Birmingham City Council was already going to lose half of it’s discretionary funding by 2016/7, now even more of that will go, further threatening council services which are completely under review as Bore tries to draw in the local population to taking part in implementing cuts by starting with a blank sheet of paper where we are supposed to say which services should be retained and which should be lost.
The cuts being made by Osborne will further add to the woes of adult care services – facing £75m less money in the next 3 years; of children’s care services – being drastically cut back with the hope of fostering taking up the slack; of the highways department and local road repairs (PDF Appendix 5F, p218); of waste collection which has already been suggested might move to fortnightly or even monthly collections; of youth centres and Connexions and the libraries and swimming pools which are facing closure or privatisation; and of almost every other council service currently provided for.
Osborne’s latest addition to the cuts represent the continued savagery of local government. How long will it be before all the discretionary spending budgets are gone, and local councils are rapidly becoming branches of central government. How long until the services they run are tendered out to private companies on central government contracts?
Any services or benefits that are being moved to local government are being done so with cuts that make those services less effective and less valuable than before. For some reason the Tories reckon that you can provide better services with less money. Bizarre logic. That is not to say that there isn’t any inefficiency and waste within local government (the Service Birmingham IT contract with Capita springs to mind), but the idea that this waste and inefficiency makes up more than 50% of council spending is quite odd.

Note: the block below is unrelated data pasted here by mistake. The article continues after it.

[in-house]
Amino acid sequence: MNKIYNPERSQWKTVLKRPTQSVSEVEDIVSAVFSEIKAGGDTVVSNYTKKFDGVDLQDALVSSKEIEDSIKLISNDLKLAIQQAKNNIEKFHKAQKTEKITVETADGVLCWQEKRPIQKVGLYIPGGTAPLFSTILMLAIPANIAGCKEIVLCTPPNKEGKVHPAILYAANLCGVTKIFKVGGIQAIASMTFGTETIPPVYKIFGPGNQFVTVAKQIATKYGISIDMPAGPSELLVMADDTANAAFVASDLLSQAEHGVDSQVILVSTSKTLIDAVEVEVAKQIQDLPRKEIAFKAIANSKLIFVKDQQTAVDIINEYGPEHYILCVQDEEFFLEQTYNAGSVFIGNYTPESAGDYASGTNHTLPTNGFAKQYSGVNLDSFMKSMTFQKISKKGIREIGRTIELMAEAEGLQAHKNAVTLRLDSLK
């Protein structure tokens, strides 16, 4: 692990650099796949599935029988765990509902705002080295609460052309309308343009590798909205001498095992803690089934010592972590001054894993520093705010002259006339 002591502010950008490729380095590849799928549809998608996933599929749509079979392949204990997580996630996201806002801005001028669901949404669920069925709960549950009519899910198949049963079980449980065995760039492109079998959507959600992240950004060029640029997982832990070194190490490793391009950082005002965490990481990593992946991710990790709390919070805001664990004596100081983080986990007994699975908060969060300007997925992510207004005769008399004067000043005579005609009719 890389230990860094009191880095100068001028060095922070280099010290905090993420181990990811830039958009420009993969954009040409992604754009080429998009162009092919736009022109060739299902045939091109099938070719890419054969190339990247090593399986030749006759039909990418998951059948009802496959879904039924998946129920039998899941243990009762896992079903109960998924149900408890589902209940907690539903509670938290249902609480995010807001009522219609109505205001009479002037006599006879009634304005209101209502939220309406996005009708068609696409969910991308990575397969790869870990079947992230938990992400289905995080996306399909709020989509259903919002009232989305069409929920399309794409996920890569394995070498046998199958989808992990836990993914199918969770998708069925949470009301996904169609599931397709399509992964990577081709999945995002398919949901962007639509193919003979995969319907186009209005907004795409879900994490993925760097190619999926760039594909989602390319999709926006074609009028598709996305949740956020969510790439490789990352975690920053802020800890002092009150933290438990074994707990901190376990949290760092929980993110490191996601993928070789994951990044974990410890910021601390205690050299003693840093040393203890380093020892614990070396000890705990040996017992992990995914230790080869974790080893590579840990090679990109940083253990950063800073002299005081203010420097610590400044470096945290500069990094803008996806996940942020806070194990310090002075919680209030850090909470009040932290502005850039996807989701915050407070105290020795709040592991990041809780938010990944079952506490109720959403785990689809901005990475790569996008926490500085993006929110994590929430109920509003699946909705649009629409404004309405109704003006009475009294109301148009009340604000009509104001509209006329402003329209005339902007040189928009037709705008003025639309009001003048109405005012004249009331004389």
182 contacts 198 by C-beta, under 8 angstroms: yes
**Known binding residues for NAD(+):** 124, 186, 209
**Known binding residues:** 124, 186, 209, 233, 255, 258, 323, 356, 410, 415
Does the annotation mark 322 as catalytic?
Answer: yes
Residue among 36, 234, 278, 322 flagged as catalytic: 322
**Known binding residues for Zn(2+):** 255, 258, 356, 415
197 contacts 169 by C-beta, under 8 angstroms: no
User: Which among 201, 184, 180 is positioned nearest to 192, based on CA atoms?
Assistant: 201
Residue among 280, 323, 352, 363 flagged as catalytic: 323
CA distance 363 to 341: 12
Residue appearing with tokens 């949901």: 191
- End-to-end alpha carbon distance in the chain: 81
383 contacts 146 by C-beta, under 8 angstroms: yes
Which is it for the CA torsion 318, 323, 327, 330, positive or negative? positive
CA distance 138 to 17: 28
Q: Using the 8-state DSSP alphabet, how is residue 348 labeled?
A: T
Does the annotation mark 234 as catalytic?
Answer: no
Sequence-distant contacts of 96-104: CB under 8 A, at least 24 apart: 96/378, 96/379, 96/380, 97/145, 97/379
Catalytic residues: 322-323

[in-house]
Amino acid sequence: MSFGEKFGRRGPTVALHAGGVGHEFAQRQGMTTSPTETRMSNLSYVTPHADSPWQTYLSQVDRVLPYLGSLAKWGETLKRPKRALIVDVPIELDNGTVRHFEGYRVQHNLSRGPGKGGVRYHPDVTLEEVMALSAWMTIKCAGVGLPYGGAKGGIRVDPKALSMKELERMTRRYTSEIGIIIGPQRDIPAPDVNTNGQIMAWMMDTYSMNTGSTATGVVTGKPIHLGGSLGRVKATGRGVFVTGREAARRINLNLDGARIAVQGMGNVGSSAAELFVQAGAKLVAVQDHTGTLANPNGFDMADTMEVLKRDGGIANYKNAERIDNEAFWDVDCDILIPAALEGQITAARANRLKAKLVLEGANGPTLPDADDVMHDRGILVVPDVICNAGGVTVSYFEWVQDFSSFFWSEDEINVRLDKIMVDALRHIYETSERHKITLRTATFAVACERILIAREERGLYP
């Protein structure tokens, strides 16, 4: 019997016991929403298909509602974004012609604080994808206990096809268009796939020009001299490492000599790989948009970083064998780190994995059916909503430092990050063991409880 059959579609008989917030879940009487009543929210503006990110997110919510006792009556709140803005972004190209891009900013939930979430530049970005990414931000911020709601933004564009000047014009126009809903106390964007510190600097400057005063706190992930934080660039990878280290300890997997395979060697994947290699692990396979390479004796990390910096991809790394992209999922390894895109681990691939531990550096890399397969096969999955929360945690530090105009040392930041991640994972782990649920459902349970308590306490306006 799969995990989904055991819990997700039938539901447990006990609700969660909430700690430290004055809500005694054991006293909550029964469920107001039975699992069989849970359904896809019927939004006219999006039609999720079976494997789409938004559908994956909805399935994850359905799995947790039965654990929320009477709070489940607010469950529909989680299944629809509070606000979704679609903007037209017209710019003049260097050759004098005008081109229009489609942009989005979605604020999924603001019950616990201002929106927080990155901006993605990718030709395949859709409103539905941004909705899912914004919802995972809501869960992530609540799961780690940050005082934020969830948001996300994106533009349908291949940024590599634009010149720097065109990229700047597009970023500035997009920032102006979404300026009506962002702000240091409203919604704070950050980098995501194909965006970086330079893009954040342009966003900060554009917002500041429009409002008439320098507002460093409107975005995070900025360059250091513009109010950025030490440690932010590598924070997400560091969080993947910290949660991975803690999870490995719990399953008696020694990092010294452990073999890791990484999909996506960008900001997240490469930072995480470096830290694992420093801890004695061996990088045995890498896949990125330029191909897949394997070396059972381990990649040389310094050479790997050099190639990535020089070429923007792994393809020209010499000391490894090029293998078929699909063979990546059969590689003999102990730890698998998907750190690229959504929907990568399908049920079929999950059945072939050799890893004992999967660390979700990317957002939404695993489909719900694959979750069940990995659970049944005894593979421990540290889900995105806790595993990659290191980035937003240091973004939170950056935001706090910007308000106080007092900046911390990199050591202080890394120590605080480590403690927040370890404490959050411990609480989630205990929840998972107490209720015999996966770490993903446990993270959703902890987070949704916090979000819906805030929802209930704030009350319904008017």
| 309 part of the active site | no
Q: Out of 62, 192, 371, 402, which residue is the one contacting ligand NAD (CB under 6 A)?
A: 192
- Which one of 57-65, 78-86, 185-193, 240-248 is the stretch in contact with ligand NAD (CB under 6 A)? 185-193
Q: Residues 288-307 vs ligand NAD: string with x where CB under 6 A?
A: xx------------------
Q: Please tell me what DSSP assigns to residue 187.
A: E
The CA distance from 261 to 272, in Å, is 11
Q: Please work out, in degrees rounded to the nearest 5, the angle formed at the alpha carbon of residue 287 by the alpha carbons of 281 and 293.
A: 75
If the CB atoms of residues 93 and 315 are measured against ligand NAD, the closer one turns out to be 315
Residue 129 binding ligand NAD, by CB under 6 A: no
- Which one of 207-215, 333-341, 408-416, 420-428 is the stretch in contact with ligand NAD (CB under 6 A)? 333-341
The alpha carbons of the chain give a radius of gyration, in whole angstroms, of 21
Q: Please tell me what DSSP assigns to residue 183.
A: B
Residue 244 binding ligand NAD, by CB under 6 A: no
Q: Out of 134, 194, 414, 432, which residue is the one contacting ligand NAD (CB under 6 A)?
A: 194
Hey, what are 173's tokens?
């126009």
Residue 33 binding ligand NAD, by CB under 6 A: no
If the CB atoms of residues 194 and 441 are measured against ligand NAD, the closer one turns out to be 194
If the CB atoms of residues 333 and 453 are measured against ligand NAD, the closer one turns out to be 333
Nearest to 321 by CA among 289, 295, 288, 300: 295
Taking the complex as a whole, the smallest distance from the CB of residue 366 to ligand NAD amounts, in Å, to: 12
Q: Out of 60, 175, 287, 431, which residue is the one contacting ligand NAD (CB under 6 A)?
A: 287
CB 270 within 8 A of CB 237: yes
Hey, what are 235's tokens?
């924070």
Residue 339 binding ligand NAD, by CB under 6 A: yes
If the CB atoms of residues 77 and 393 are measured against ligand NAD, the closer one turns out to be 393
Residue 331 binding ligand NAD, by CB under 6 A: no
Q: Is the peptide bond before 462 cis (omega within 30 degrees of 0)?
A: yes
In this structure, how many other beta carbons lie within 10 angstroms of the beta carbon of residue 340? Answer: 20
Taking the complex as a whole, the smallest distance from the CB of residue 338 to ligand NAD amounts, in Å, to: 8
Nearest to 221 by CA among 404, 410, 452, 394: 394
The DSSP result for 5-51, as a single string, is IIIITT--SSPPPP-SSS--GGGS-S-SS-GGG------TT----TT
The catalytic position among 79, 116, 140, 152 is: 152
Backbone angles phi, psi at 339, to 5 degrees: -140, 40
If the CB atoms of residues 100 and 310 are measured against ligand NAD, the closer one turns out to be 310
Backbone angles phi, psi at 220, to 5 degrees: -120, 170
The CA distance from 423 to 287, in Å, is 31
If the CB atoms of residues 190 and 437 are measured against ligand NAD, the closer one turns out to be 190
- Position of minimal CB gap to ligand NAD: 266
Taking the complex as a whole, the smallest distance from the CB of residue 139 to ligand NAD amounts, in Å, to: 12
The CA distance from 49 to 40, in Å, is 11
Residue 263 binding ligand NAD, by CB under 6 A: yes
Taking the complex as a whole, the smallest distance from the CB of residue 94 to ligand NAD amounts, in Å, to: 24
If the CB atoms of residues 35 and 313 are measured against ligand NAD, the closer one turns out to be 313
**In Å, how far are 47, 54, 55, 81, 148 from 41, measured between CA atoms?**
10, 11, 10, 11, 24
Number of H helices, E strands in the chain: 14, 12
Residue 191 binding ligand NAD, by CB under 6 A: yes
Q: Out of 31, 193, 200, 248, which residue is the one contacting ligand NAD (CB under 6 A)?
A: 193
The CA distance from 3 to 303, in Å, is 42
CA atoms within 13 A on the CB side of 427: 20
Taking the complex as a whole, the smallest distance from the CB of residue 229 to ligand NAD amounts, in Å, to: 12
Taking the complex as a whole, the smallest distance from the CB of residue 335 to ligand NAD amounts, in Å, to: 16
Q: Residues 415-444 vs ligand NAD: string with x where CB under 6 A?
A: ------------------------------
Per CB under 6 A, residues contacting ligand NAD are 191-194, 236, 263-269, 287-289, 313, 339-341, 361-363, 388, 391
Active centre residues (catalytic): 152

Meanwhile ordinary people will suffer. People needing advice will have nowhere to go as Birmingham Law Centre has now closed and the CAB is struggling too. The council’s own advice services are being cut back as well. Recession, cuts and reforms mean these services are needed more than ever. Add into that less frequent waste collection, more potholes, more litter on the streets, worsening children’s and adult care services, more deprivation, more unemployment, less help and support available and the picture is pretty bleak.
It was not ordinary people who caused the crisis which created the deficit and debt that we now have, but it is ordinary people who are paying the financial and social costs of it. Bankers go unpunished, the £120bn tax gap is still wide open, bonuses and mansions haven’t had extra taxes placed on them, there are more millionaires than ever and the richest keep getting richer. In short, austerity rewards the people that screwed us, and punishes the hard working people that keep this country moving.
What we need is an alternative economic strategy – one that makes those responsible for the crisis bear the heaviest burden, and supports those in the most need whilst creating some of the infrastructure that we need to move past climate change and oil dependency. None of the three main parties offer any alternative, so any change must come from outside of parliament. Join us and make that change reality.